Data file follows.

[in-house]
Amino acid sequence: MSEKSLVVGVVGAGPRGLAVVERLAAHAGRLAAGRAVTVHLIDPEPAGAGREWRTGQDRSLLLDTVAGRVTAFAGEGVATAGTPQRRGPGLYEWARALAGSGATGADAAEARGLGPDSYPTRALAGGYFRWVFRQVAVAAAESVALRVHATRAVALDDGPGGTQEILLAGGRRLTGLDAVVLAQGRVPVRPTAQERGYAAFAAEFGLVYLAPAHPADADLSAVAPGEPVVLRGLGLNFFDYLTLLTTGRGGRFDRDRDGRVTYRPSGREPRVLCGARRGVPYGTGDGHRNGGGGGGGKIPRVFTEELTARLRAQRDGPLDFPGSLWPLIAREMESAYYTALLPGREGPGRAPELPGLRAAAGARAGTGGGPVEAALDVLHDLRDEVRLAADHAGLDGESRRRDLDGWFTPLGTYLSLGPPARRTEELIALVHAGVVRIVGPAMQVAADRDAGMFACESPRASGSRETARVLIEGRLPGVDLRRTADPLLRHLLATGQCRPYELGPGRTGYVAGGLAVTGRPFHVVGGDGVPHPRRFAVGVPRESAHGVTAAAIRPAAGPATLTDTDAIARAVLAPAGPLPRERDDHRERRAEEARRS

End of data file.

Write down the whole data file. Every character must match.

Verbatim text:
[in-house]
Amino acid sequence: MSEKSLVVGVVGAGPRGLAVVERLAAHAGRLAAGRAVTVHLIDPEPAGAGREWRTGQDRSLLLDTVAGRVTAFAGEGVATAGTPQRRGPGLYEWARALAGSGATGADAAEARGLGPDSYPTRALAGGYFRWVFRQVAVAAAESVALRVHATRAVALDDGPGGTQEILLAGGRRLTGLDAVVLAQGRVPVRPTAQERGYAAFAAEFGLVYLAPAHPADADLSAVAPGEPVVLRGLGLNFFDYLTLLTTGRGGRFDRDRDGRVTYRPSGREPRVLCGARRGVPYGTGDGHRNGGGGGGGKIPRVFTEELTARLRAQRDGPLDFPGSLWPLIAREMESAYYTALLPGREGPGRAPELPGLRAAAGARAGTGGGPVEAALDVLHDLRDEVRLAADHAGLDGESRRRDLDGWFTPLGTYLSLGPPARRTEELIALVHAGVVRIVGPAMQVAADRDAGMFACESPRASGSRETARVLIEGRLPGVDLRRTADPLLRHLLATGQCRPYELGPGRTGYVAGGLAVTGRPFHVVGGDGVPHPRRFAVGVPRESAHGVTAAAIRPAAGPATLTDTDAIARAVLAPAGPLPRERDDHRERRAEEARRS